May Tips & Advice


Below is a checklist of jobs that need doing in the fruit garden in May.

Be guided by the weather and soil conditions of your own plot. Gardens in cold, exposed regions may be a few weeks behind those in warmer, more protected regions and jobs may need to be delayed.

Each month has its own set of jobs to do to ensure a productive fruit garden. Pruning, feeding, watering, planting, training and harvesting are activities that can bring immense satisfaction as you watch your efforts pay off - and bear fruit! Unlike vegetable gardening where crops are cleared annually, the fruit garden matures over years, resulting in a continually productive plot.


General

    * Avoid using insecticides on crops when they are in flower.
    * Pull off suckers appearing around the base of fruit trees.
    * Make sure fruit isn’t drought stressed, especially those in containers, against a wall or newly planted.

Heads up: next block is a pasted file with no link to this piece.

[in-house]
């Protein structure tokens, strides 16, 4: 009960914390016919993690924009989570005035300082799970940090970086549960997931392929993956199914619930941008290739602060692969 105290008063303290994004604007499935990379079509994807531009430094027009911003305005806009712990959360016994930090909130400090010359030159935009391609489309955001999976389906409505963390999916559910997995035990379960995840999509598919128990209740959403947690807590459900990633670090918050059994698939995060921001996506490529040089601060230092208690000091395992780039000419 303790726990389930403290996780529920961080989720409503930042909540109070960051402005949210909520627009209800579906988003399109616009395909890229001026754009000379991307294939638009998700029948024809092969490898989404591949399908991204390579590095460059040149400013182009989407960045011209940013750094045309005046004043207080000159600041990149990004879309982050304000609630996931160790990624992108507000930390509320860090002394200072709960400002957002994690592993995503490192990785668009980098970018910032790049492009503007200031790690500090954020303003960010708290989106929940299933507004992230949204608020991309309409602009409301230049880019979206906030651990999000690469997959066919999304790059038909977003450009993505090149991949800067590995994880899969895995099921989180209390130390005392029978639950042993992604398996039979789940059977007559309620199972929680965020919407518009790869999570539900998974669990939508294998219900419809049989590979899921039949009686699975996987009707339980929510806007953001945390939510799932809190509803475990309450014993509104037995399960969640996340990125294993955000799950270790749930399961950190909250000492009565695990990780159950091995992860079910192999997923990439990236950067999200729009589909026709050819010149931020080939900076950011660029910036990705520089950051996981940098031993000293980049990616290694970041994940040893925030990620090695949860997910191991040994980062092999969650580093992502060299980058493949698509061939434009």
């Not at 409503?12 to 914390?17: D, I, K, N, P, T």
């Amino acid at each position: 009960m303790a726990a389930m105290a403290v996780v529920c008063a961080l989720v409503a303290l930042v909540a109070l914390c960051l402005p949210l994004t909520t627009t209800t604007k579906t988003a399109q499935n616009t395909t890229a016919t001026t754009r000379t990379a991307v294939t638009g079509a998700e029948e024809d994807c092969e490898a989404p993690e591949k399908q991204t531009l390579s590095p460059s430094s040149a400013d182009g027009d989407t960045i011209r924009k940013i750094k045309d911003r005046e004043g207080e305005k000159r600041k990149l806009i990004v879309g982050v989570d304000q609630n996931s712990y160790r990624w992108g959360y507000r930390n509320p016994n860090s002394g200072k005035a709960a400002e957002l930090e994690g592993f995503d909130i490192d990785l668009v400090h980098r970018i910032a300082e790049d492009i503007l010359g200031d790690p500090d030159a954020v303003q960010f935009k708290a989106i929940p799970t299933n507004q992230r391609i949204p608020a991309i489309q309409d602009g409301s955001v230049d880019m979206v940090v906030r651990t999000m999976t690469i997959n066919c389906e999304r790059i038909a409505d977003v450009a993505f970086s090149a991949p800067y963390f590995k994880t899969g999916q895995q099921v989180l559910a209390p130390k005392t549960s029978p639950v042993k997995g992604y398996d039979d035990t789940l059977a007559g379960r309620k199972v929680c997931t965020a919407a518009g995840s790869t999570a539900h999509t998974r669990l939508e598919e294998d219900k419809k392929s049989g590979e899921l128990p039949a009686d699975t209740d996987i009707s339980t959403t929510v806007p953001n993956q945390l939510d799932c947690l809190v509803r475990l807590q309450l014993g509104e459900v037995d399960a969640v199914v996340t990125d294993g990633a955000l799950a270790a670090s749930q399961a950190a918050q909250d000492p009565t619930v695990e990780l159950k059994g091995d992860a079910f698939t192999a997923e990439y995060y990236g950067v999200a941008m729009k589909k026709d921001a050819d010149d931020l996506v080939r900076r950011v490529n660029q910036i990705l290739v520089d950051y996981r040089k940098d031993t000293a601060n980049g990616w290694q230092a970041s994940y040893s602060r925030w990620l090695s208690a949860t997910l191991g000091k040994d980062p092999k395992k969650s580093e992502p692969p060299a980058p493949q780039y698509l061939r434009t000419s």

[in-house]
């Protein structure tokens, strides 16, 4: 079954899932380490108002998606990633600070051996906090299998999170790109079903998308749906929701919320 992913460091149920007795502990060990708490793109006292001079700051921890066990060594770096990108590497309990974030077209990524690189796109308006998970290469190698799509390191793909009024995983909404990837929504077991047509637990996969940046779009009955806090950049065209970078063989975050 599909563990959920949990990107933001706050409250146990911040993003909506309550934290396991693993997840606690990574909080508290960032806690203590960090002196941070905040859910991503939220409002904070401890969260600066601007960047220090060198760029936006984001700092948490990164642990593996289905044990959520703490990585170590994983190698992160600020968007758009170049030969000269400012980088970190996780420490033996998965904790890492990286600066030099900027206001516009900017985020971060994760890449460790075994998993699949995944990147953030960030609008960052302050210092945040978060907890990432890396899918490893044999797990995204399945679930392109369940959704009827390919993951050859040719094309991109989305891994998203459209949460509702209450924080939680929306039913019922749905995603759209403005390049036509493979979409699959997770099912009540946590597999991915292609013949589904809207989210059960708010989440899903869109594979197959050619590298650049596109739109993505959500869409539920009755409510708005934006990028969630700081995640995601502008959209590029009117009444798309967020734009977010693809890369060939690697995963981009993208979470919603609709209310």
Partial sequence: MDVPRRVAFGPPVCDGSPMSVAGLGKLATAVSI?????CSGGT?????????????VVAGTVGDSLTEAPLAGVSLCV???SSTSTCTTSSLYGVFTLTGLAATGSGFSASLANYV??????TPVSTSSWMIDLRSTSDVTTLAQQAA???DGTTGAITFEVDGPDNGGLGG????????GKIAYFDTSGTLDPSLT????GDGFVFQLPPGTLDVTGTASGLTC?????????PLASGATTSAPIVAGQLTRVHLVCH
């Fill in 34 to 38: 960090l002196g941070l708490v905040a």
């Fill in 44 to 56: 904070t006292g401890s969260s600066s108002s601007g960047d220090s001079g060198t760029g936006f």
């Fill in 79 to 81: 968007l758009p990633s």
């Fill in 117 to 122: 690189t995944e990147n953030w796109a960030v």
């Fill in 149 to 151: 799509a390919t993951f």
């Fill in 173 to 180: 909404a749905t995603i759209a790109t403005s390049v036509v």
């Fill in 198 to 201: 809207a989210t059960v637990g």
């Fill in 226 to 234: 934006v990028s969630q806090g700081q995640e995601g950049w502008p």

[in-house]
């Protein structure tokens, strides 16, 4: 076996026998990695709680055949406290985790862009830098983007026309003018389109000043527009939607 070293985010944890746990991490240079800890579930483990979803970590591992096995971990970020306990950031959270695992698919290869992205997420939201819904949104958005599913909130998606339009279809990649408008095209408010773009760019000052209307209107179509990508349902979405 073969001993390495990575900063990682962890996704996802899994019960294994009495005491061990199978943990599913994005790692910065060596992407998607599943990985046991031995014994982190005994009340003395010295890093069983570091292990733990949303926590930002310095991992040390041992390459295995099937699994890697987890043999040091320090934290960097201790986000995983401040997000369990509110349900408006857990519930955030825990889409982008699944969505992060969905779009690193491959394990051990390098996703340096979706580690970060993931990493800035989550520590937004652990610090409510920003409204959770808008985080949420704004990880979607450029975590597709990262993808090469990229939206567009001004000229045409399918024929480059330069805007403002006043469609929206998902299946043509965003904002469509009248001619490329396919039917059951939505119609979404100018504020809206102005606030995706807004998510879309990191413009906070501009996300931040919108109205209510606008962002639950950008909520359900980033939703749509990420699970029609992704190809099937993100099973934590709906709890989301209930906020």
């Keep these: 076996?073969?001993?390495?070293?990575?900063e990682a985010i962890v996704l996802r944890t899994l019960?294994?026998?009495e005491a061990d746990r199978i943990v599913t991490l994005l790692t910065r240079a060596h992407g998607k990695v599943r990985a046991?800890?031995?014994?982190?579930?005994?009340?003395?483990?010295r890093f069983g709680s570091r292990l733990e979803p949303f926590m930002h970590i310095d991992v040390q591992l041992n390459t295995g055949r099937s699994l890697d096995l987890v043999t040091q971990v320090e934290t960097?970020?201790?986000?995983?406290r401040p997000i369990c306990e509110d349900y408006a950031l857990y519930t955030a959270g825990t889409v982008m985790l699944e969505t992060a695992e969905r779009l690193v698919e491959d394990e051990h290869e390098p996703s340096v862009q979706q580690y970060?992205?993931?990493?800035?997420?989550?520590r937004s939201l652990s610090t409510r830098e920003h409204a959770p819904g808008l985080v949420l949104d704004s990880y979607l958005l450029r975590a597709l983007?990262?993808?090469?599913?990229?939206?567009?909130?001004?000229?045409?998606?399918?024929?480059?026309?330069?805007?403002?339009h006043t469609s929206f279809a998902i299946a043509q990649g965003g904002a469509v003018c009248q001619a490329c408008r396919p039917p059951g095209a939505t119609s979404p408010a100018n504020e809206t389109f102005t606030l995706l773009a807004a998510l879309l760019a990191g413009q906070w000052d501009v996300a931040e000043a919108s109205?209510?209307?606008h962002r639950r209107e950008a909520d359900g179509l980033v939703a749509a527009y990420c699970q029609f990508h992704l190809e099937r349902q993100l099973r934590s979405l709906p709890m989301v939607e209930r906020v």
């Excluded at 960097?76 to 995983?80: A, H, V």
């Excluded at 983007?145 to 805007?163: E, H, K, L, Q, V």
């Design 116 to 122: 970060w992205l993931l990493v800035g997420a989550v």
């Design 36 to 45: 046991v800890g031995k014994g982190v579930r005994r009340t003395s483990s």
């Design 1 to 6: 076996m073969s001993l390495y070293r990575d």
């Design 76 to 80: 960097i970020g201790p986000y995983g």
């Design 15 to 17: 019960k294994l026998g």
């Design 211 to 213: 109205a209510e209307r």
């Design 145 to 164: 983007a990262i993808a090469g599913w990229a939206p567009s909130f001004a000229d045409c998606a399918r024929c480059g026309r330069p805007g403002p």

* Make sure bees can access caged and cloched fruit flowers to ensure pollination.
    * Keep a check on late frost forecasts and protect blossom as necessary.


Tree fruit

    * Liquid feed fruit trees growing in pots with a balanced feed.
    * Remove frost protection from fan-trained peaches, nectarines, apricots and almonds.
    * Control plum sawfly one week after petal-fall.
    * Be aware of cherry run-off (where some fruits turn yellow and fall off).
    * Remove wayward shoots on fan-trained trees and tie in better placed ones.
    * Deal with apple sawfly and capsid bug and prevent blossom wilt if it struck last year.
    * Deal with pear and cherry slugworm.
    * Put up codling moth traps in apple trees.
    * Get a fruit specialist to ring-bark overvigorous fruit trees.


Vine fruit

    * Take softwood cuttings of kiwifruit.
    * Tie in leading and sideshoots of kiwifruit.
    * Remove any winter protection from figs and carry out pruning.
    * Move growing-bags into the greenhouse to warm up two weeks before planting indoor melons, and water well two days before planting.
    * Plant indoor melons into growing-bags in a heated greenhouse.
    * Sow outdoor melons in a heated propagator.
    * Gently run your hand over indoor grape vine flowers to pollinate them.

Material courtesy of www.rhs.org.uk

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